Parliament Adopts New Tighter Rules for Child Allowances and Monthly Social Benefits

April 19 (BTA) - Amending conclusively the Social
Assistance Act on Friday, Parliament set in place new and
righter rules for the payment of child allowances and monthly
benefits to unemployed people. Under the new rules, if a student
 misses five classes a month without a valid excuse, his or her
family will lose their child allowance for a full year.

Proposed by GERB, the amendments caused a controversy when they
were unveiled and some experts said they are too harsh a
punishment and will worsen the situation of children in
low-income families. The Movement for Rights and Freedoms were
against the proposal when it was debated.

Child allowances will also be discontinued if a child in daycare
 or pre-school misses three days of school in a month. 

The previous rule was that for the same number of days away from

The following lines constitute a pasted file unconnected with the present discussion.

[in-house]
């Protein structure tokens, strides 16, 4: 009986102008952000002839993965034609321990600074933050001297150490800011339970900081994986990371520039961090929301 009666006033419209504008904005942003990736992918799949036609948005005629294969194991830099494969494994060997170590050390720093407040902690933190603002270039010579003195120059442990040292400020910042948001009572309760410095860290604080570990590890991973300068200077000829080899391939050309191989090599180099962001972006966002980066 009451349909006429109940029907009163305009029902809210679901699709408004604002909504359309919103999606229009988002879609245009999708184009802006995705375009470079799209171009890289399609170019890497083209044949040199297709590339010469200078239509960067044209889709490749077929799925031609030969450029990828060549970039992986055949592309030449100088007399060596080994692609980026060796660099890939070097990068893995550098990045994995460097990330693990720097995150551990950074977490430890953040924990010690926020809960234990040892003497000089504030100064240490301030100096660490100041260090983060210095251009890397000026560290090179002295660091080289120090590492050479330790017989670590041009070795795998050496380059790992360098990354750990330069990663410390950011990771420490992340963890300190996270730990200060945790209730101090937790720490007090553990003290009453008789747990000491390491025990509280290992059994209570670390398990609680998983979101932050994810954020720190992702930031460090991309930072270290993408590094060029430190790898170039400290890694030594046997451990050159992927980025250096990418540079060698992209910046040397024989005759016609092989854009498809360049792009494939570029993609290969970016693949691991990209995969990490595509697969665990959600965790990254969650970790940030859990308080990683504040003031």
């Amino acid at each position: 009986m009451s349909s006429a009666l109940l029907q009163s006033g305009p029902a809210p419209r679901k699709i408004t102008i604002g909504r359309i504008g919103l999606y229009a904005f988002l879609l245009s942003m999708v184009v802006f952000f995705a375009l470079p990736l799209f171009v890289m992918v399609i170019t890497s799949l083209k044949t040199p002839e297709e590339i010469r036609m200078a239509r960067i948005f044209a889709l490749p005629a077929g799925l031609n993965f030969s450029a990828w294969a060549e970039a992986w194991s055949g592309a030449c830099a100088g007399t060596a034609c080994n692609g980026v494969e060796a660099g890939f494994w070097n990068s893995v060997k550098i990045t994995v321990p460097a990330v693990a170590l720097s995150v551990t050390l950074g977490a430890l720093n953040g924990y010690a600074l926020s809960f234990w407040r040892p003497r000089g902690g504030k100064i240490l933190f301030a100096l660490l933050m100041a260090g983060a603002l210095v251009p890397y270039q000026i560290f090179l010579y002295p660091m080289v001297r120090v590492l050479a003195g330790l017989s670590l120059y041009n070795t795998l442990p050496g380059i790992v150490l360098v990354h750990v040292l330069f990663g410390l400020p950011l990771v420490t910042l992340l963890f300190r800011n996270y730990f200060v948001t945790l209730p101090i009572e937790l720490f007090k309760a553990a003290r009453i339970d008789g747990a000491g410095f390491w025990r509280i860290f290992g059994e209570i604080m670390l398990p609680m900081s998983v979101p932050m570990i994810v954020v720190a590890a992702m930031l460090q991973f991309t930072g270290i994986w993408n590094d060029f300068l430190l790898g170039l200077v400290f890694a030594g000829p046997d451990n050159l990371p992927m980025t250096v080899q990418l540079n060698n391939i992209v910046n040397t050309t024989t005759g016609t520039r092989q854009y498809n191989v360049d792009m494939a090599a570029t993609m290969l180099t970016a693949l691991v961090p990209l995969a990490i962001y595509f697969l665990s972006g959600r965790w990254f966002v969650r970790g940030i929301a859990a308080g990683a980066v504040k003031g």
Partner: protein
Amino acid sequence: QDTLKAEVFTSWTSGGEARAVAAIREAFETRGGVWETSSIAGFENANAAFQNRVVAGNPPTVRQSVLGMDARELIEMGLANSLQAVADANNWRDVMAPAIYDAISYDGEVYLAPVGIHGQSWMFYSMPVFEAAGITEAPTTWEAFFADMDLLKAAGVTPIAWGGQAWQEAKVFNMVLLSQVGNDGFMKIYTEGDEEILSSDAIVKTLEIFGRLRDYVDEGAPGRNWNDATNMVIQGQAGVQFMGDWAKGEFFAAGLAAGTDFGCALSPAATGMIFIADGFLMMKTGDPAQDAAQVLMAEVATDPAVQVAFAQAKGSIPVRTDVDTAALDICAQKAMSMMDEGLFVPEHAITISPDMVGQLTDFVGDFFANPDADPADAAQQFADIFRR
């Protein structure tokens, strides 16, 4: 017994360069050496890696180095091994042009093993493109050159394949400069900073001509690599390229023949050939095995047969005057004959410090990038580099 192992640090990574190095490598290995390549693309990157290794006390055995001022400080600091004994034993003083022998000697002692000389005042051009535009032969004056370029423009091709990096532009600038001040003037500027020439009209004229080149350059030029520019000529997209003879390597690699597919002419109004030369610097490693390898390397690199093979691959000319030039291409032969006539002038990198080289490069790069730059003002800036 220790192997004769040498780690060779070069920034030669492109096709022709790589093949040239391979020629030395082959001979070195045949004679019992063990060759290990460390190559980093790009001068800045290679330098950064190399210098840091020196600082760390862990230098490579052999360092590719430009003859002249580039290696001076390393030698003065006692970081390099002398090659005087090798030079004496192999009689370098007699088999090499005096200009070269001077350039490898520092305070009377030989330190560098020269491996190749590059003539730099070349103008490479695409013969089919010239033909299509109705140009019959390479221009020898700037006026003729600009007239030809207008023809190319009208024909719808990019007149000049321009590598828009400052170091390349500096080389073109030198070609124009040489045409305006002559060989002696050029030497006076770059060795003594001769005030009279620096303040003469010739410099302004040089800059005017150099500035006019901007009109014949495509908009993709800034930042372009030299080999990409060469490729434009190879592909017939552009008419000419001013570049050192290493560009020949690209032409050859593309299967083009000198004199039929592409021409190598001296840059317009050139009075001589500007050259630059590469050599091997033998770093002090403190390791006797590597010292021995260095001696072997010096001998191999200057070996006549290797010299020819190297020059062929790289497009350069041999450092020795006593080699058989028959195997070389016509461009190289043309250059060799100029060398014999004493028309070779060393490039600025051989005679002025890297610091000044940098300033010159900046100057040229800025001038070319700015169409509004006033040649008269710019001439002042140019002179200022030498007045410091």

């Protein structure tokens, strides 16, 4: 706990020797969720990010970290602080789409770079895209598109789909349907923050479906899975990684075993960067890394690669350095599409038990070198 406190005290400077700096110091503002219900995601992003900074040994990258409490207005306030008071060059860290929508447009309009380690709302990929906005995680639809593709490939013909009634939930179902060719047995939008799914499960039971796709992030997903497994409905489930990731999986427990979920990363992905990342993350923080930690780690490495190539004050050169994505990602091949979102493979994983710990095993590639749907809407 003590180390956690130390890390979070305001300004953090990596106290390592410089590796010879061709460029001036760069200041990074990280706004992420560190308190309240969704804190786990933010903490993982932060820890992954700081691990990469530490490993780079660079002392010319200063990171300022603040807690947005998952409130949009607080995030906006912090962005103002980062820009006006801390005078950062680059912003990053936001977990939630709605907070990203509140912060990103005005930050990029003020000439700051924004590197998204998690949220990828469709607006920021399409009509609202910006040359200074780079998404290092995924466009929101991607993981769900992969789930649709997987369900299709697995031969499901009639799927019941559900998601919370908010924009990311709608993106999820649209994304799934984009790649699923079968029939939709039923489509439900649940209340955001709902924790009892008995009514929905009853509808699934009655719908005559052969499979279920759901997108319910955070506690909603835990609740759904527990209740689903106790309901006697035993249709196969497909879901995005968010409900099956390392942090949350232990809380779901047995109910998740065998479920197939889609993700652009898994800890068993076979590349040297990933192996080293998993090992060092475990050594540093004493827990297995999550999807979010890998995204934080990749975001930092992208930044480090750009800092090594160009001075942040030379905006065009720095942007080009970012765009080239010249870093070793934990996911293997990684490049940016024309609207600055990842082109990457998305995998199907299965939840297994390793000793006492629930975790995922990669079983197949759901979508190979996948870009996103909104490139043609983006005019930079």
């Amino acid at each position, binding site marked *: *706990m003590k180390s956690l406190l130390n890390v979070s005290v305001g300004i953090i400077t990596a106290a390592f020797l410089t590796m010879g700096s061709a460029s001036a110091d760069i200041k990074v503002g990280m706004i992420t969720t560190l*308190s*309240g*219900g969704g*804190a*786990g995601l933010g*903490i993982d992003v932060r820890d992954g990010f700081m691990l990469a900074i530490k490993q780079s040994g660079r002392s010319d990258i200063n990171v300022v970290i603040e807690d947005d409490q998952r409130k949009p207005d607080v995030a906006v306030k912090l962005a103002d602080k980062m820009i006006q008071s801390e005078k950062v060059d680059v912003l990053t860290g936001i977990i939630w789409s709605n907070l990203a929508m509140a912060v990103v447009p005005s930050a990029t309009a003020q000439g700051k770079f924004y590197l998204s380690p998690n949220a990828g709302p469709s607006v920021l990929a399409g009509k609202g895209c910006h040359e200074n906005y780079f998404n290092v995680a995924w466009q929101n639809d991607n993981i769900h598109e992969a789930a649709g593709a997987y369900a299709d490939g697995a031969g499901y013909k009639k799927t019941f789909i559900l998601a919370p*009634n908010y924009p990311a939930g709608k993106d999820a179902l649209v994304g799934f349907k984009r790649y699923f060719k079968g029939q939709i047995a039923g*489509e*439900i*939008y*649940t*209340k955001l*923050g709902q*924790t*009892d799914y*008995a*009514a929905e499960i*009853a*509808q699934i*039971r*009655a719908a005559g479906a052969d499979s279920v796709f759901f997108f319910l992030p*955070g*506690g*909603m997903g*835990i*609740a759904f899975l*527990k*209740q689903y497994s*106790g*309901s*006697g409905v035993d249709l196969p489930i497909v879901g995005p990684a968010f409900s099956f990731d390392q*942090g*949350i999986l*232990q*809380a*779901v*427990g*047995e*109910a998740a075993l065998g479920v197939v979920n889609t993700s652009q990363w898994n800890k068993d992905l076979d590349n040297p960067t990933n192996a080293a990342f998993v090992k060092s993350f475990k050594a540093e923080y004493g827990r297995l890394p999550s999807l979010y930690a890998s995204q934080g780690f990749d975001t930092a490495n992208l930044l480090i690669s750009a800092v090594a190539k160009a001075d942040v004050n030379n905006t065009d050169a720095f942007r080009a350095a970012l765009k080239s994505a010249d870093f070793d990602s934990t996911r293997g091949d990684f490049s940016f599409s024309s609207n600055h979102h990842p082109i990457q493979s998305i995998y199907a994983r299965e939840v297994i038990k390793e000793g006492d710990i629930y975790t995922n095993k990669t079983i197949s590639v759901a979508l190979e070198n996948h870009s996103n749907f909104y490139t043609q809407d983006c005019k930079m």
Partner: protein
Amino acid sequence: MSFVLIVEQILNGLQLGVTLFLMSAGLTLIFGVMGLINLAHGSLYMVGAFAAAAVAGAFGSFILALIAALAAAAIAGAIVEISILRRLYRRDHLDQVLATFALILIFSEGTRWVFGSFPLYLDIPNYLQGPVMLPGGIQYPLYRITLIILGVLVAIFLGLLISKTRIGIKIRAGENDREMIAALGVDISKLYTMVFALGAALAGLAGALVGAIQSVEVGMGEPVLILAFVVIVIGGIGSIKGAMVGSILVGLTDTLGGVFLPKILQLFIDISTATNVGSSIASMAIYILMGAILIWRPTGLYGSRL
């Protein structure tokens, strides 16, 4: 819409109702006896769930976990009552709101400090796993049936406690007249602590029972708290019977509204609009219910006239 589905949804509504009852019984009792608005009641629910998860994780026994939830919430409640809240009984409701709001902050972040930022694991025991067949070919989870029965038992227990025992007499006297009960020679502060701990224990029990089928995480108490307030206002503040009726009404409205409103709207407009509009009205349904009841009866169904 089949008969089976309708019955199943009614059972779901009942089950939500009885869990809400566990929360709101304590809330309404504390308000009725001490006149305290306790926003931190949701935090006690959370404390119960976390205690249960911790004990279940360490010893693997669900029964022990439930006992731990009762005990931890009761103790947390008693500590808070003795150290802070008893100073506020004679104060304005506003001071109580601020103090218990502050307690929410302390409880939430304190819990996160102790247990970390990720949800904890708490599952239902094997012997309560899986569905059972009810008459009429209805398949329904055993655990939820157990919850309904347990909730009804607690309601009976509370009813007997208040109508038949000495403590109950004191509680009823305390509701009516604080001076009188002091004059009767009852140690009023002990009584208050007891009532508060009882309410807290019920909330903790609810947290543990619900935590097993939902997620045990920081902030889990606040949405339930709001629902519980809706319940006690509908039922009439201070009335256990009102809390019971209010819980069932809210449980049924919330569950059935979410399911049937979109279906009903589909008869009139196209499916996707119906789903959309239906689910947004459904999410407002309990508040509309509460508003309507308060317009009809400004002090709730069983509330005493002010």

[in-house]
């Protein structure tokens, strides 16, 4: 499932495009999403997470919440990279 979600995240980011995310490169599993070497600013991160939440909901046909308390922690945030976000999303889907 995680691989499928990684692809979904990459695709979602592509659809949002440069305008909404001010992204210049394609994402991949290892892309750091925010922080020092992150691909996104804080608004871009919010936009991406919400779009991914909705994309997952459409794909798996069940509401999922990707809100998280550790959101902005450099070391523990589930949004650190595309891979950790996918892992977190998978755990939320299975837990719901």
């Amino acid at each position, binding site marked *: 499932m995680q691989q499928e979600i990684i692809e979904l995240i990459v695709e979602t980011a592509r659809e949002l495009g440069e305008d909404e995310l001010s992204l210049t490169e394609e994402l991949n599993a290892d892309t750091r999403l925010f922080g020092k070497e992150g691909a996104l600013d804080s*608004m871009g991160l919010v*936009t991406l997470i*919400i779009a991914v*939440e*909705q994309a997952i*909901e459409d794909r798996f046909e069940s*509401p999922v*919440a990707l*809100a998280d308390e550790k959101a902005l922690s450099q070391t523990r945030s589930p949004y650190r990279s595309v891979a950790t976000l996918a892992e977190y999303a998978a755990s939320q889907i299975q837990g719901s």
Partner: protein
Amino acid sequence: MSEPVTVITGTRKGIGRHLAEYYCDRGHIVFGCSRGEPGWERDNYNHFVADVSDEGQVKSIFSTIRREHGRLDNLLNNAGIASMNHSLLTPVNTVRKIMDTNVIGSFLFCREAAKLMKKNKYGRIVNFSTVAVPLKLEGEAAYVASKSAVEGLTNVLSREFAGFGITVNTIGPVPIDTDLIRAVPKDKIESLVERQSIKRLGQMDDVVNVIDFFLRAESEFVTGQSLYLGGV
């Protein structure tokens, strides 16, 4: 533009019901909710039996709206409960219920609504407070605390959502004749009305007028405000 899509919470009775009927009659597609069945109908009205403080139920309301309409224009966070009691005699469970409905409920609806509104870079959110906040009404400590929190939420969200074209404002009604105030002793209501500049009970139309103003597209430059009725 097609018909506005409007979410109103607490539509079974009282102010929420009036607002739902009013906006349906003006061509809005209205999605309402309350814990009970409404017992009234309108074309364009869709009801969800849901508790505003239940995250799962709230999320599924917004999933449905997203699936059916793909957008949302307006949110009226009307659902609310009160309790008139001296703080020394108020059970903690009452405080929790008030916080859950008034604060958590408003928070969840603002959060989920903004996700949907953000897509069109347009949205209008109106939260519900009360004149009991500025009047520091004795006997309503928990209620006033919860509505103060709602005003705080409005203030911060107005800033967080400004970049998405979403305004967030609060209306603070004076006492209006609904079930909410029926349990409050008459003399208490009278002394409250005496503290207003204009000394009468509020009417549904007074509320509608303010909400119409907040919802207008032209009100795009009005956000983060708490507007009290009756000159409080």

school the student's family only lost the allowances for the

Suspended child allowances will go to the respective daycare or
school and may be used for purchase of teaching aids, clothes
and shoes, if this is what the child needs.

In another change, a one-off allowance that was paid to the
family of a first-grader, will now be paid in two equal
installments, at the beginning of the year and at the beginning
of the second term, to make sure the first-grader stays in
school throughout the year.

From now on, able-bodied unemployed people in active age, who
have registered with a job centre, will be required to do a
certain time of community service or enroll in training or
literacy programmes to qualify for monthly social benefits.

This requirement shall not apply for health reasons and during
the first year after child birth for unemployed women.

The monthly social benefits are also now coupled with a
requirement for the beneficiary to make sure his or her child
attends school regularly (unless a health condition does now
allow it).

The amendments also offer a definition of "mala-fide receipt of
social benefits" as failure to meet or violating the
requirements making sure one qualifies for social benefit, or
spending on a scale which exceed the declared income. RY/LN/  

Source: Sofia